BRONX, N.Y. — A Matschie’s tree kangaroo born at the Bronx Zoo has started to emerge from its mother’s pouch, making its anticipated public debut. The joey is the first of its species born at the Bronx Zoo since 2008.
At birth, the joey it is about the size of a human thumbnail and immediately crawls through the mother’s fur to enter her pouch. After about seven months, the joey emerges from the pouch but frequently returns to nurse. Like their kangaroo and wallaby cousins, the majority of the newborn’s physical development occurs in the mother’s pouch over a period of about six weeks.
The joey and its mother are part of the zoo's JungleWorld exhibit.
“This is an exciting birth for the Bronx Zoo and a unique opportunity for people to observe one of nature’s most intriguing evolutionary adaptations,” said Jim Breheny, executive vice president of the Wildlife Conservation Society and director of the Bronx Zoo. “At this stage of development, the joey will spend a lot of time in his mom’s pouch with just its head sticking out. As it matures, it will begin to explore its environment and start spending short periods of time outside the pouch.”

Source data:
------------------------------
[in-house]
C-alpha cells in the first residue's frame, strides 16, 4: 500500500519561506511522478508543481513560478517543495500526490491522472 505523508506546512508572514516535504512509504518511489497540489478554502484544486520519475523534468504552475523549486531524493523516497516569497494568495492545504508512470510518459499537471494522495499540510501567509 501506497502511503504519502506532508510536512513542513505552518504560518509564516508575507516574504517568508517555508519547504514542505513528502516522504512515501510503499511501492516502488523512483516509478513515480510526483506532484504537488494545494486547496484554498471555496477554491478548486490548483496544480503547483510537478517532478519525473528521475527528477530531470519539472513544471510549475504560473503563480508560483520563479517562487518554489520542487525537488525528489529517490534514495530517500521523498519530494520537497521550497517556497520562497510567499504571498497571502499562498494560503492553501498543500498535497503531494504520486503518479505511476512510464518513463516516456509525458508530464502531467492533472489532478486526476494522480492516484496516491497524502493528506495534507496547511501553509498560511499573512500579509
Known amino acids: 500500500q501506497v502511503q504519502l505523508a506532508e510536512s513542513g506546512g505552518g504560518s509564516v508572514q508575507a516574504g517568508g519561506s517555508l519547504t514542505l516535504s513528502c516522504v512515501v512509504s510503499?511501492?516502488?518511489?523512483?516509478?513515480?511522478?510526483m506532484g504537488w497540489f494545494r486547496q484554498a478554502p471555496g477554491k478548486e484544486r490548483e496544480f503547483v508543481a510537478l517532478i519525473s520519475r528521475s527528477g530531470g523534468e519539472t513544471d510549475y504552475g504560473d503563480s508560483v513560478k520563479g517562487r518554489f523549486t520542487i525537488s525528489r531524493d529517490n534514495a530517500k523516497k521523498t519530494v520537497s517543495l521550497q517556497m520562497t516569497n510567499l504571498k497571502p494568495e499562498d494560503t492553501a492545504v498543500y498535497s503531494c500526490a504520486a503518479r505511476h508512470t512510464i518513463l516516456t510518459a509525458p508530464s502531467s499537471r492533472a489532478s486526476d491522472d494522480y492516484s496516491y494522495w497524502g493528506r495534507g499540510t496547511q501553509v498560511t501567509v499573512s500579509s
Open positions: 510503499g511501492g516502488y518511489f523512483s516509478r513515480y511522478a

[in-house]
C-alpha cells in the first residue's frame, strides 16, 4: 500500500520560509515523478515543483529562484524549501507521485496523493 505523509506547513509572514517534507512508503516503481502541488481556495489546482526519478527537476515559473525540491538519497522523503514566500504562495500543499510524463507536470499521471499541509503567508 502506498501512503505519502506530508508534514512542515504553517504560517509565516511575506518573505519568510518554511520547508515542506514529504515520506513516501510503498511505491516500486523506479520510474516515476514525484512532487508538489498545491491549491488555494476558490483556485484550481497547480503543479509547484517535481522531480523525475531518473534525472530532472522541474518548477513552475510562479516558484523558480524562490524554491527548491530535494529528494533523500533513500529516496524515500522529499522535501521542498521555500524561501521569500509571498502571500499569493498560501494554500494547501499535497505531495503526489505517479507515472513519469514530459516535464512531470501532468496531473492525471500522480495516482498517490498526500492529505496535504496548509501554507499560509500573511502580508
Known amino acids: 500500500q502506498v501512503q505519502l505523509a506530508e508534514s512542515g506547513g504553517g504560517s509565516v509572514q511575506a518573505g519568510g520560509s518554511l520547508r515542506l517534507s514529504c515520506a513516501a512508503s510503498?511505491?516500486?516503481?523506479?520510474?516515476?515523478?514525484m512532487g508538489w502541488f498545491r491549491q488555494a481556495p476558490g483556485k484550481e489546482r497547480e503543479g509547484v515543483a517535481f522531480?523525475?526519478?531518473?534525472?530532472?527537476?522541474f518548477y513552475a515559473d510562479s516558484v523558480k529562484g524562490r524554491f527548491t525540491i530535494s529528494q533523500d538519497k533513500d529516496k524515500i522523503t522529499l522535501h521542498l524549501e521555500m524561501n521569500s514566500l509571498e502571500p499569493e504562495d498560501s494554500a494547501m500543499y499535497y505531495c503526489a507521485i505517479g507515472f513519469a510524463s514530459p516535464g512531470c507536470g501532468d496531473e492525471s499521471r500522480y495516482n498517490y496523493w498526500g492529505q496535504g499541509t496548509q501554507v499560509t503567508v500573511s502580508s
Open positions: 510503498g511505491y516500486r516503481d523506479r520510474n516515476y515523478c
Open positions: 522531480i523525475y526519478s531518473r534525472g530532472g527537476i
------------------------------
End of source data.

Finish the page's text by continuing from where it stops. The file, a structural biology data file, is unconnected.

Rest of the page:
Tree kangaroos live within the canopy of mountain forests, generally at elevations above 4,000 feet. Adults weigh as much as 30 pounds and measure about 30 inches in length, not including their tail. The 14 different species of tree kangaroos are found only in areas of Papua New Guinea, Indonesia and Australia.
They are classified as endangered by the International Union for Conservation of Nature (IUCN). It is estimated that fewer than 2,500 remain in the wild.
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